Microbehunter Microscopy Magazine Logo Banner Micrographs

Growing Algae in a Jar

Found in: Howto, Labwork

A drop of inorganic fertilizer greatly enhances the growth of algae in a mini-aquarium.

Related Posts Plugin for WordPress, Blogger...

Fresh algae with air-pump (left) and after several days (right).


The concentration of free-floating algae in pond water is sometimes quite low. Observation of pure pond water therefore does not always result in interesting microscopy. It is, however, possible to increase the concentrations of the algae by adding a small amount of fertilizer to the water sample.

Instead of adding the fertilizer directly to the pond water, I used some clean tap water. I scratched off some algae and inoculated the water. I also added one drop of liquid inorganic fertilizer, the one which is used to fertilize garden flowers. Organic fertilizer (such as Guano fertilizer) might promote the growth of bacteria and I was therefore reluctant to use it.

The first try was not successful, probably because I added too much fertilizer. The water formed a white precipitate which accumulated on the bottom of the jar, but green algae could not be observed. I repeated the experiment adding only a single drop for about 500ml of water and was much more successful.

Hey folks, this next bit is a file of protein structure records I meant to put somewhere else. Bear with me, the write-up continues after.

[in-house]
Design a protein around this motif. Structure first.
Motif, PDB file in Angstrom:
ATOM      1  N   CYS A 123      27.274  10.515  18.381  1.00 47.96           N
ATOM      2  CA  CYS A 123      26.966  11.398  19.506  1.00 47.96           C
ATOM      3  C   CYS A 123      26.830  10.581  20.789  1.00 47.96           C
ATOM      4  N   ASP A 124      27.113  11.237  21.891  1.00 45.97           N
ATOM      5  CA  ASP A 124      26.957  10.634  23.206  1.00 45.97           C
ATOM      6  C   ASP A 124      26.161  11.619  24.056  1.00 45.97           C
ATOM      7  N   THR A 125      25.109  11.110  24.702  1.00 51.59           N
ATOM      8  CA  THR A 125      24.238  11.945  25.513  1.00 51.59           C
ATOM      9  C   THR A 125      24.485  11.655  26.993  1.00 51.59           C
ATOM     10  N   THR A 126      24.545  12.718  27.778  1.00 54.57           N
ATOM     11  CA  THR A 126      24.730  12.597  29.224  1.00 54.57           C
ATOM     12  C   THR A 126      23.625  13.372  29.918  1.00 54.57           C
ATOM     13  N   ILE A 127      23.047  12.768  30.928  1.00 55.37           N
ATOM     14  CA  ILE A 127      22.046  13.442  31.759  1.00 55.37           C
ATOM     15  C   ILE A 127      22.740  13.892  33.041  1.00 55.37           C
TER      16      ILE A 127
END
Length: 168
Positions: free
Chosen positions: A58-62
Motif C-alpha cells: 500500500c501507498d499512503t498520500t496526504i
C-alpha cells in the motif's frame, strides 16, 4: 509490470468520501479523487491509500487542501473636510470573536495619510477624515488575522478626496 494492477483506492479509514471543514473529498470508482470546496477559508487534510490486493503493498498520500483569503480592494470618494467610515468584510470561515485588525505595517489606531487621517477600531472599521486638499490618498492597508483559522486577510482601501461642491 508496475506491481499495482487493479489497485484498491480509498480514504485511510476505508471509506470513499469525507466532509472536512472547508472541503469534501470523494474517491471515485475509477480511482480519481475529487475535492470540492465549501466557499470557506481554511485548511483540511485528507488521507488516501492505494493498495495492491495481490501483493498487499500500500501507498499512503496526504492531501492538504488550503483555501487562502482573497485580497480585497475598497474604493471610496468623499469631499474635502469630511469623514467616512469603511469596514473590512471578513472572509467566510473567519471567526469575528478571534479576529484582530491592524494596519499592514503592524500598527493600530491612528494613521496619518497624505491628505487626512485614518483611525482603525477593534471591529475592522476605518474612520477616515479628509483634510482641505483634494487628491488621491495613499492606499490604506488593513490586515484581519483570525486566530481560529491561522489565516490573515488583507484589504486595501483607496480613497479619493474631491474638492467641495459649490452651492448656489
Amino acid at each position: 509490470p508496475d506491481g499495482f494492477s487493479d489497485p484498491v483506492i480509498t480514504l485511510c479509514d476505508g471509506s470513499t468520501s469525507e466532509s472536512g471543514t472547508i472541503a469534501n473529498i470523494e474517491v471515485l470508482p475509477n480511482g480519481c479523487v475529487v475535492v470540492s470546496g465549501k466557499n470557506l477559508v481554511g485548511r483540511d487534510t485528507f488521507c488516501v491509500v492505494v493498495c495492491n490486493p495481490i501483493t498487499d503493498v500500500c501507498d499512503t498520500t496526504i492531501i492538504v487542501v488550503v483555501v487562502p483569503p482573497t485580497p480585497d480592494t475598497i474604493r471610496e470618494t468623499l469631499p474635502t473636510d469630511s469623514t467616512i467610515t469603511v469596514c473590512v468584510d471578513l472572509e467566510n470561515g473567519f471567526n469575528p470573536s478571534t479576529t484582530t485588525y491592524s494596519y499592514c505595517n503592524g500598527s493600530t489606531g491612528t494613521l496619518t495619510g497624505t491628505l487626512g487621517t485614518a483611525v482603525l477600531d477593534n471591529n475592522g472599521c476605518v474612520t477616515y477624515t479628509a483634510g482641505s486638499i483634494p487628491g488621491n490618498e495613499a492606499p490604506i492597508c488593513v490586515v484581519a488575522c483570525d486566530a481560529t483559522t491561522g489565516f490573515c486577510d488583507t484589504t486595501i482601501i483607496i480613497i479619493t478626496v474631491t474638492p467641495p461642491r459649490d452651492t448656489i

I also supplied the jar with air, using and aquarium air pump to ensure sufficient carbon dioxide supply, but it also worked without air supply. I placed the jar into direct sunlight to promote photosynthesis. Evaporated water was replaced. After about 1-2 weeks the water turned increasingly green and biofilms started to form on the glass surfaces. Bubbles (possibly oxygen) also started to appear on the surface of the water.

I found mostly single-celled algae and some ciliates. It would now be interesting to observe how a change in parameters (different types of fertilizer, lighting conditions, and water types) would promote the growth of different organisms.


Bubbles of oxygen formed by photosynthesis.



A biofilm of diatoms and other algae formed on the surface of the glass.



Biofilm under the microscope.



Biofilm under the microscope.


Related Posts Plugin for WordPress, Blogger...

This site uses cookies. By continuing to use the site, you agree to the use of cookies. For more information more information

The cookie settings on this website are set to "allow cookies" to give you the best browsing experience possible. If you continue to use this website without changing your cookie settings or you click "Accept" below then you are consenting to this.